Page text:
How convienent for me that I now live an hour away from Northern Europe’s largest fruit-producing region, eh? I’ve only waited for fall to roll around so that I could set off to the Altes Land (“Old Land” – apparently a mistranslation from Low Saxon. The land is not old, but was originally colonised by Dutch settlers, and thus called the (H)Olland). In the Altes Land, you can go apple picking yourself and what I hear this is a popular activity for Hamburgers. We went on October 3, German National Day, but next year I think I’d go a little earlier. Most of my favorite apple, Elstar, had been picked already. But that was fine, there were plently of others left and the idyllic atmosphere was amazing. After four days of constant rain, we even had sunshine! I got to pick Finkenwerder Herbstprinz, a local apple I heard about but that isn’t sold in the supermarkets (at least not in mine). As I was roaming under the apple trees, I wondered when self-picking became popular. I mean, 100 years ago people would have thought you were crazy to pay to do the work of a farmers’ hand. But today, with us urban people feeling so disconnected from the origins of our food…yeah, you get it. (Half of the people might come for the pretty instagram pictures this adventure yields, though.)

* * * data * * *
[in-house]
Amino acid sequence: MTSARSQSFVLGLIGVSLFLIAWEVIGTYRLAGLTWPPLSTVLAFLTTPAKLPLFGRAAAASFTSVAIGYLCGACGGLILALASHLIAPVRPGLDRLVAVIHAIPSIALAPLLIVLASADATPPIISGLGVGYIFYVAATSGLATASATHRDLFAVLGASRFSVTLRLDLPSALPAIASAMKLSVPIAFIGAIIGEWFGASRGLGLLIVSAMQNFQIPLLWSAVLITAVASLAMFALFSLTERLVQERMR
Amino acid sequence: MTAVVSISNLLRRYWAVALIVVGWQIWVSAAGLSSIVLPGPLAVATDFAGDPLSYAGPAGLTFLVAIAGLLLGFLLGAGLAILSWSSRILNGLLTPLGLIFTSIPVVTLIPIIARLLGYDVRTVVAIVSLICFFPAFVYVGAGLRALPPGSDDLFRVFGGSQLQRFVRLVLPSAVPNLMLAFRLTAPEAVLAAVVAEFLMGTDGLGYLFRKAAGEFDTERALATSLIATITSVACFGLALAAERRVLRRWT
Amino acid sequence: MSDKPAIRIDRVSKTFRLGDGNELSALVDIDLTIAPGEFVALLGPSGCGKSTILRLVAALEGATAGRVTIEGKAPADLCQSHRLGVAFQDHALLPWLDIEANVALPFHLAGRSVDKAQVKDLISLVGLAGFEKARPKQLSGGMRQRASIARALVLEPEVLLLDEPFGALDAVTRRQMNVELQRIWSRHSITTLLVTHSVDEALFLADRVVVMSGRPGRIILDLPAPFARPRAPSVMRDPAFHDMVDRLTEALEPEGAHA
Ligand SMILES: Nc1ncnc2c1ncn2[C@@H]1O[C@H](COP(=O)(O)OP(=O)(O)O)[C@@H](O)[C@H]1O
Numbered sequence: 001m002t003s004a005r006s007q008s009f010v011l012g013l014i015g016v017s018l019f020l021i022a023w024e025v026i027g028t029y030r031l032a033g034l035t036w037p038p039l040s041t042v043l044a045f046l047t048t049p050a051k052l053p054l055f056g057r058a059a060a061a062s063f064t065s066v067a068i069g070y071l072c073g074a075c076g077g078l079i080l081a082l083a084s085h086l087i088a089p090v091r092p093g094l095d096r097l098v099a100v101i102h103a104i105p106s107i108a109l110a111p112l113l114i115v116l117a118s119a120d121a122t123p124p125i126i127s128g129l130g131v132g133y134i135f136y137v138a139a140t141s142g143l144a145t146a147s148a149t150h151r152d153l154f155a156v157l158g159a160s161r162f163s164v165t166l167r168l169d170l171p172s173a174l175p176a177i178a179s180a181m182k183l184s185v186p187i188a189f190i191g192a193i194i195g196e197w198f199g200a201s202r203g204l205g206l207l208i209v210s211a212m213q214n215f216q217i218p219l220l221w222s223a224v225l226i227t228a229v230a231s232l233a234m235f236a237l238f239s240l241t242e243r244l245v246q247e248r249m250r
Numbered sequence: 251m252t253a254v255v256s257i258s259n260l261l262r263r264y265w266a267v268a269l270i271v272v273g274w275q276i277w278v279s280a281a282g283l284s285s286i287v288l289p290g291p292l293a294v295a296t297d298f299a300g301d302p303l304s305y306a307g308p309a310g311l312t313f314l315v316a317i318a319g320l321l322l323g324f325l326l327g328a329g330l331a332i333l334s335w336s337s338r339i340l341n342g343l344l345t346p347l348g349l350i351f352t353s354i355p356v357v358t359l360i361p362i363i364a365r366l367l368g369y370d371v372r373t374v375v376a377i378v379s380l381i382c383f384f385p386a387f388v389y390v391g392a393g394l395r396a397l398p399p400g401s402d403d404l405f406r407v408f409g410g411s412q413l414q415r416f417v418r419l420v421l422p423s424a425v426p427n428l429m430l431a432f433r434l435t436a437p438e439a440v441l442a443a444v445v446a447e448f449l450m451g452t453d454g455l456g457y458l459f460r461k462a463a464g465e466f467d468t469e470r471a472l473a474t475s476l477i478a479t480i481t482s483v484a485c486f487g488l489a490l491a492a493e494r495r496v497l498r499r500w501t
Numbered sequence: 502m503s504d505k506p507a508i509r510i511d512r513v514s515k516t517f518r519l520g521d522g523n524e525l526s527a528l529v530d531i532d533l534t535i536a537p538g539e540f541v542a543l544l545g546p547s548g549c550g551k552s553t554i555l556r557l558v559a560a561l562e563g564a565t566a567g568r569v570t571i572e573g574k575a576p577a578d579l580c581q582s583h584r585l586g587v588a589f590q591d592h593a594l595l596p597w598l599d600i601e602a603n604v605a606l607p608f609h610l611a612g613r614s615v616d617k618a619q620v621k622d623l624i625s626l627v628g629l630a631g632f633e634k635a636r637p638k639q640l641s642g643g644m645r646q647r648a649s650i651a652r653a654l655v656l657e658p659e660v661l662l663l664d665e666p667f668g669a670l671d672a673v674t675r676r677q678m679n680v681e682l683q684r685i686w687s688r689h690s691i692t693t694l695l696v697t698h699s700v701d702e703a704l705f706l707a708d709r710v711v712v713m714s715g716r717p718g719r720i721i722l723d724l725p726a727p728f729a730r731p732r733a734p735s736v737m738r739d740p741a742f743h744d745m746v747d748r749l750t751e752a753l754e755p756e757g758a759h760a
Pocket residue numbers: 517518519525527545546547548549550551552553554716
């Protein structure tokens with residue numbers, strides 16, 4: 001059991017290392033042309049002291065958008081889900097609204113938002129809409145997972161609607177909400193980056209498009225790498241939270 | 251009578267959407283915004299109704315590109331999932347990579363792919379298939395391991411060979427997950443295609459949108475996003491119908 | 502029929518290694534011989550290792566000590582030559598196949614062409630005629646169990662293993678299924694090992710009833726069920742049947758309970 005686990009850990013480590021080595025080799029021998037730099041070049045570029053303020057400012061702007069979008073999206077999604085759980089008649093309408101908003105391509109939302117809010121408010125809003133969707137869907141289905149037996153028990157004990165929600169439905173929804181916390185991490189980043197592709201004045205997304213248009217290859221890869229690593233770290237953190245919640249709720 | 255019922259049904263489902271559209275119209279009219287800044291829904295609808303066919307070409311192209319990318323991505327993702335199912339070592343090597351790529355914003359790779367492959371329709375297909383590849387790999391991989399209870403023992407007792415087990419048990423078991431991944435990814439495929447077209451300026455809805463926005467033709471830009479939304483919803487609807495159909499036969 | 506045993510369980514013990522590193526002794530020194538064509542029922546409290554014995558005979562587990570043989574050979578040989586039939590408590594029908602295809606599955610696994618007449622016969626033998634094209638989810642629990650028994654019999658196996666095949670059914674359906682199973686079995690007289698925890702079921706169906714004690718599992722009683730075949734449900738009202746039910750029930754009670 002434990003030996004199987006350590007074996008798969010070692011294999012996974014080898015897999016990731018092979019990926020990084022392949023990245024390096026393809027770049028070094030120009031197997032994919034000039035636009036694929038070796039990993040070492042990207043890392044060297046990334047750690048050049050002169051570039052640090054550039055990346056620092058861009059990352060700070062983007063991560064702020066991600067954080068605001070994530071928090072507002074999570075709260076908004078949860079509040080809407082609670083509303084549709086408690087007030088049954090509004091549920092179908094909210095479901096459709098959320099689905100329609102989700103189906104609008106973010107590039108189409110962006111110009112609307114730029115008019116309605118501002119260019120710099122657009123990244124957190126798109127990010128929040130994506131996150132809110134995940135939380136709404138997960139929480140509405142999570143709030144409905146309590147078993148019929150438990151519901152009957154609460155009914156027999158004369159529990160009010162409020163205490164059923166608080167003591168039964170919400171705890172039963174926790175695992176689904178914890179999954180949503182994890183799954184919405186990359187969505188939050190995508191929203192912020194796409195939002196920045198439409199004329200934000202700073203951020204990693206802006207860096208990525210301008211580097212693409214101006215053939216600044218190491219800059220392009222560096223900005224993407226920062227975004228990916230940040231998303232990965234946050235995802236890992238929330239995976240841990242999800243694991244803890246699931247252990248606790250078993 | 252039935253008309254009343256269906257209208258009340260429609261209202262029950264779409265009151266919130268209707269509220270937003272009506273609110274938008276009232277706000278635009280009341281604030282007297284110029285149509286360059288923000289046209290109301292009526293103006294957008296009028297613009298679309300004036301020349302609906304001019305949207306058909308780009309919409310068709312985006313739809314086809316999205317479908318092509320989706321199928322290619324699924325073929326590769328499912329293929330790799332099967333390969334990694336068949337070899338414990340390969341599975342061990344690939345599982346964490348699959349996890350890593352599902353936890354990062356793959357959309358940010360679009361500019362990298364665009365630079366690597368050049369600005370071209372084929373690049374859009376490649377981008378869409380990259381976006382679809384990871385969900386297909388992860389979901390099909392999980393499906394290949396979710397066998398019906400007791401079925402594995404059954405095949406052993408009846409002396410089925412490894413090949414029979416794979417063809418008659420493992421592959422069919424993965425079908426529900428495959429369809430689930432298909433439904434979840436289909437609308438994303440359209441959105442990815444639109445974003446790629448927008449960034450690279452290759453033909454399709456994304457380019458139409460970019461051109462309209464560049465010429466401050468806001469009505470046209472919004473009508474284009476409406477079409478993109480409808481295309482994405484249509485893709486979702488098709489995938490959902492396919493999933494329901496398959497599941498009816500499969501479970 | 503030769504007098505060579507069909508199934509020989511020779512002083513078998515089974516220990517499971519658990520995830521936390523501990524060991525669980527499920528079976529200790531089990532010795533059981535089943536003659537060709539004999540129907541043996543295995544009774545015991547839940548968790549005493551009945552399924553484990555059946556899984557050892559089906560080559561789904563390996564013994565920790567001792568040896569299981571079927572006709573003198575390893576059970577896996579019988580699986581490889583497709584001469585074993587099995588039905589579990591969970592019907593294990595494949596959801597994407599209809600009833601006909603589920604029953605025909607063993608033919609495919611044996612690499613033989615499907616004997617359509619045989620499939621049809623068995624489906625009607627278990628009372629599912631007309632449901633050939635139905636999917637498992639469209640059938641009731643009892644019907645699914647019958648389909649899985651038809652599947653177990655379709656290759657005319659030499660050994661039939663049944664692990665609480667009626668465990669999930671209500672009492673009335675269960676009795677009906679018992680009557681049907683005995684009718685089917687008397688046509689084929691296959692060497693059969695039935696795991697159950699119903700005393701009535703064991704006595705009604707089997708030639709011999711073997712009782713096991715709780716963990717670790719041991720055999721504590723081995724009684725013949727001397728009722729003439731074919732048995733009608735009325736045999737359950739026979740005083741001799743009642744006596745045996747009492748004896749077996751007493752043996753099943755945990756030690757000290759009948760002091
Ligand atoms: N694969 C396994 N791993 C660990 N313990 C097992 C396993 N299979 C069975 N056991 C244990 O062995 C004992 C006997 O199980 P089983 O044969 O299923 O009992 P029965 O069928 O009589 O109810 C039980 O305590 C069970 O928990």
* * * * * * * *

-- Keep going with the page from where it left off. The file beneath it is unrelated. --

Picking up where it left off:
Of course I choose the apple that looked like a butt.



Small, non-edible apples that can be used for decoration


I was very charmed by the Altes Land region with its timbered houses, open skies and large fields. The Prunkpforte, the gate pictured above, was also a highlight. Wealthy people apparently build these kind of portals to, well I don’t know why, but I suppose to flaunt their wealth and impress others? Or to please God – the inscription was very Christian.

If you are ever around in August – October, I suggest you take half a day and explore what’s outside the gates of Hamburg!